Laurentius (possibly Caelius) was Archpriest of Santa Prassede and later antipope of the Roman Catholic Church. Elected in 498 at the Basilica Saint Mariae (presumably Saint Maria Maggiore) with the support of a dissenting faction with Byzantine sympathies, who were supported by Eastern Roman Emperor Anastasius I Dicorus, in opposition to Pope Symmachus, the division between the two opposing factions split not only the church, but the senate and the people of Rome. However, Laurentius remained in Rome as pope until 506.
Archpriest of Santa Prassede, Laurentius was elected pope on 22 November 498, in opposition to Pope Symmachus, by a dissenting faction. If Theodore Lector can be trusted, he was picked by the former consul Rufius Postumius Festus as a candidate; Festus had secretly promised the Byzantine Emperor Anastasius that Pope Anastasius II would approve the Henotikon , but upon returning from Constantinople he found the Pope had died.
The groups supporting Laurentius and Symmachus split the clergy, Senate and common people, leading to violent clashes between rival groups of supporters. It was clear that some form of arbitration was needed, and both groups proceeded to Ravenna to present their arguments to king Theoderic the Great of the Ostrogoths. Jeffrey Richards observes that "it is a remarkable state of affairs when an Arian king has, for whatever reason, to choose a Catholic pope."Theodoric reviewed the facts, and found that Symmachus fulfilled his criteria for being duly consecrated pope. The "Laurentian Fragment", a document written by partisans of Laurentius, asserts that Symmachus obtained the decision by paying bribes, while deacon Magnus Felix Ennodius of Milan later wrote that 400 solidi were distributed amongst influential personages, whom it would be indiscreet to name.
Finding himself victorious, Symmachus proceeded to call a synod held at Rome on 1 March 499, which was attended by 72 bishops and all of the Roman clergy, with the aim of confirming that his congregation accepted the king's judgment, as well as ensuring in the future there would be no rioting or illegal canvassing at election time. He also tried to appease his opposition by offering Laurentius the Diocese of Nuceria, in Campania.According to the account in the Liber Pontificalis , Symmachus bestowed the see on Laurentius "guided by sympathy", but the "Laurentian Fragment" states that Laurentius "was severely threatened and cajoled, and forcibly despatched" to Nuceria. In either case, the subscription of Aprilis, bishop of Nuceria, to the acta of the synod of 502 suggests Laurentius either never took up the see, or was deposed from it soon after.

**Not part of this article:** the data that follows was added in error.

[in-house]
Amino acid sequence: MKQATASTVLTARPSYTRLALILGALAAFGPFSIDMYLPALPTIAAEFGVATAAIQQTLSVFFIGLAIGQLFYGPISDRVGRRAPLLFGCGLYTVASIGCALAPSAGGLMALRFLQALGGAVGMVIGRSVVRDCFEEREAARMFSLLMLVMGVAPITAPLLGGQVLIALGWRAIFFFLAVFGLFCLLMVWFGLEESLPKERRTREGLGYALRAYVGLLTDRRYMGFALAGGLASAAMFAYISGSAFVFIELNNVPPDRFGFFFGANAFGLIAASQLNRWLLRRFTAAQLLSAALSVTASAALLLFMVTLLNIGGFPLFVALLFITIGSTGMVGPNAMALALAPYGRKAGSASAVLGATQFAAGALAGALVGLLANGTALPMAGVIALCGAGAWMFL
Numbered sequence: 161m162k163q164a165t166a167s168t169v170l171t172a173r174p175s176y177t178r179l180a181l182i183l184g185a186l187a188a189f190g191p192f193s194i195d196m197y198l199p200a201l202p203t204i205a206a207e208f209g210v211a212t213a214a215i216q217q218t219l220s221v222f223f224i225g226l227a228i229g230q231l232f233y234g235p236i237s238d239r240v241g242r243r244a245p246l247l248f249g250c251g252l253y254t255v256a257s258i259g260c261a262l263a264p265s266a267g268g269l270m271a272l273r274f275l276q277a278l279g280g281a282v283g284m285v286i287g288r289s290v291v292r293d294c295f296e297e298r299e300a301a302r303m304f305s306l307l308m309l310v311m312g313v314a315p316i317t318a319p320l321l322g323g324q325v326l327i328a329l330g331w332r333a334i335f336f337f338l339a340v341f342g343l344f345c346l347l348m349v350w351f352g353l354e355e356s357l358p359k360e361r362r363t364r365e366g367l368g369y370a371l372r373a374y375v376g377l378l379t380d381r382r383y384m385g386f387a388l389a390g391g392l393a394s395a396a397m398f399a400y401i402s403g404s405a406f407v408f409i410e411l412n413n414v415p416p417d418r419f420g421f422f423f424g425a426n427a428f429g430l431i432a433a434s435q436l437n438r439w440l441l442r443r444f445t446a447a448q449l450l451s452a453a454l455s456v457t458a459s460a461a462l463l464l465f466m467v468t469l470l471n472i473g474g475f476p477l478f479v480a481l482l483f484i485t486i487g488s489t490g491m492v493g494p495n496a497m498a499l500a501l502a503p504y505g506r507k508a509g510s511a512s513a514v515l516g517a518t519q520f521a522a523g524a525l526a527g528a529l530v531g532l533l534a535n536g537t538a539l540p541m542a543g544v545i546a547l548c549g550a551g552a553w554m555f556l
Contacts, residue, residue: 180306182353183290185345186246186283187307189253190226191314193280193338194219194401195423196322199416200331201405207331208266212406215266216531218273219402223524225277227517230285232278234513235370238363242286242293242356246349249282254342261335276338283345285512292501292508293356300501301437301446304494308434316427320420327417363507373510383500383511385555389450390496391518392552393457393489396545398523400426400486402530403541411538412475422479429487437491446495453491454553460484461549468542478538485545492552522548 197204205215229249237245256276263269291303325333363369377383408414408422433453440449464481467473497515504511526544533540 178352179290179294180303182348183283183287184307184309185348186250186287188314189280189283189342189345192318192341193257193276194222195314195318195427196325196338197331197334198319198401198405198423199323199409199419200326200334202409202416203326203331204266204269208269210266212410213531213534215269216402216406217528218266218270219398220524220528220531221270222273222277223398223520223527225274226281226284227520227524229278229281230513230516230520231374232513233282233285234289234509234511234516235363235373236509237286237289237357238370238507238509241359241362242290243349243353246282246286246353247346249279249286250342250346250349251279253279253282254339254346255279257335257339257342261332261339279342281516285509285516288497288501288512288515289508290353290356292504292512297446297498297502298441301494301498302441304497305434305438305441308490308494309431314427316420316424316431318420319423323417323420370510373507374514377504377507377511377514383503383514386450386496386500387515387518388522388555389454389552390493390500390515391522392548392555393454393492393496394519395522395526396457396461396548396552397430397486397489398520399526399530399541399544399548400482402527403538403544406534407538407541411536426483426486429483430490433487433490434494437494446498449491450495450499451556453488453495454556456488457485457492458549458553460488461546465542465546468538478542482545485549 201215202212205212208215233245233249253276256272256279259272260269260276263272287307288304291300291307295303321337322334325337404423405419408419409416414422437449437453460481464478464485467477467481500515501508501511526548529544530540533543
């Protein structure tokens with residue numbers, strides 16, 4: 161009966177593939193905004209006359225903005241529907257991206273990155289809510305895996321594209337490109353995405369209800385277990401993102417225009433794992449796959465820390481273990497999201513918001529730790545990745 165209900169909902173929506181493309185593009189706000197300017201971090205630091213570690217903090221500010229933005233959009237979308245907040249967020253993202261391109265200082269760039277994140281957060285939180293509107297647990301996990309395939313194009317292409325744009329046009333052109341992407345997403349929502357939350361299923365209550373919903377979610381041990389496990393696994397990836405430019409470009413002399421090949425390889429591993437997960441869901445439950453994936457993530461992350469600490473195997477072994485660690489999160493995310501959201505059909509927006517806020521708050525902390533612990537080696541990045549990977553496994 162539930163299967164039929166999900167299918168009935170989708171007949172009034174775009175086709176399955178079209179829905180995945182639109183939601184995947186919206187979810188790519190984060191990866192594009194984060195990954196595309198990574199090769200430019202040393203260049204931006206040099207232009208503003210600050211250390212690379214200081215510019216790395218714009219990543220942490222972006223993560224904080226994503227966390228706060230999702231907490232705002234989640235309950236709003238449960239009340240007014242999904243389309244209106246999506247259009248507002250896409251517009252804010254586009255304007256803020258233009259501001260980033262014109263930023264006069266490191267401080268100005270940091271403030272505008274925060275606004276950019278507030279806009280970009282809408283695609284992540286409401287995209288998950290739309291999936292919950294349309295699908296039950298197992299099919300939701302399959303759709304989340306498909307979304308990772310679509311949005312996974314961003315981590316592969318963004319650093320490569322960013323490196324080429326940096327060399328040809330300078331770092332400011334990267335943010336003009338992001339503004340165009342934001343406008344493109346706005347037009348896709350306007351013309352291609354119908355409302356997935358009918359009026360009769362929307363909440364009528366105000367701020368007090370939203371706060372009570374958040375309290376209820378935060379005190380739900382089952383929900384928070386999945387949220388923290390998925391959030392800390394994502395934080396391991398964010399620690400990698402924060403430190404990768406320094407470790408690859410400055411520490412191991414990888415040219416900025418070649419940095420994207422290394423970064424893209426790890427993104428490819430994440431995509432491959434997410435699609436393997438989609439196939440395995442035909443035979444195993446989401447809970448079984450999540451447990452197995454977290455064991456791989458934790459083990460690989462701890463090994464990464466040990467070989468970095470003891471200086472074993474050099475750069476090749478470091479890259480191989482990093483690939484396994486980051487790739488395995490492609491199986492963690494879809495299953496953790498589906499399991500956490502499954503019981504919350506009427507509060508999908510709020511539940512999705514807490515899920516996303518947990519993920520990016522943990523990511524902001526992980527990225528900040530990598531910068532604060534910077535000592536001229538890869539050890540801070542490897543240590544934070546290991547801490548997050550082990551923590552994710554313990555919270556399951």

However, Laurentius' supporters sustained the schism. Led by Festus, a group of clerics and senators laid charges against Symmachus in an attempt to secure his deposition. Theodoric summoned Symmachus to Ariminum to answer these charges, but after arriving, Symmachus fled the city in the middle of the night, returning to Rome, where he took refuge in St. Peter's. His flight proved to be a major mistake, for it was widely seen as an admission of guilt. Many of the clergy withdrew from communion with Symmachus, and entered into communion with Laurentius.
A contentious synod held in 502 failed to resolve the schism. Laurentius returned to Rome later that year, and for the following four years, according to the "Laurentian Fragment", he held its churches and ruled as pope, with the support of Festus.Laurentius was only forced from his position when a diplomatic effort to convince Theodoric to intervene succeeded. Conducted chiefly by two non-Roman supporters, the Milanese deacon Ennodius and the exiled deacon Dioscorus, they convinced the king's personal physician, the deacon Helpidius, and then convinced Theodoric to instruct Festus to hand over the Roman churches to Symmachus.
Once news of Theodoric's decision reached Rome, Laurentius retired from the city to one of Festus's estates, according to the "Laurentian Fragment", because "he did not want the city to be troubled by daily strife", where he fasted constantly until his death.
Pope Agapetus I was the bishop of Rome from 13 May 535 to his death.
Pope Anastasius II was the bishop of Rome from 24 November 496 to his death. He was an important figure in trying to end the Acacian schism, but his efforts resulted in the Laurentian schism, which followed his death. Anastasius was born in Rome, the son of a priest, and is buried in St. Peter's Basilica.
The 500s decade ran from January 1, 500, to December 31, 509.
The 490s decade ran from January 1, 490, to
Year 506 (DVI) was a common year starting on Sunday of the Julian calendar. At the time, it was known as the Year of the Consulship of Messala and Dagalaiphus. The denomination 506 for this year has been used since the early medieval period, when the Anno Domini calendar era became the prevalent method in Europe for naming years.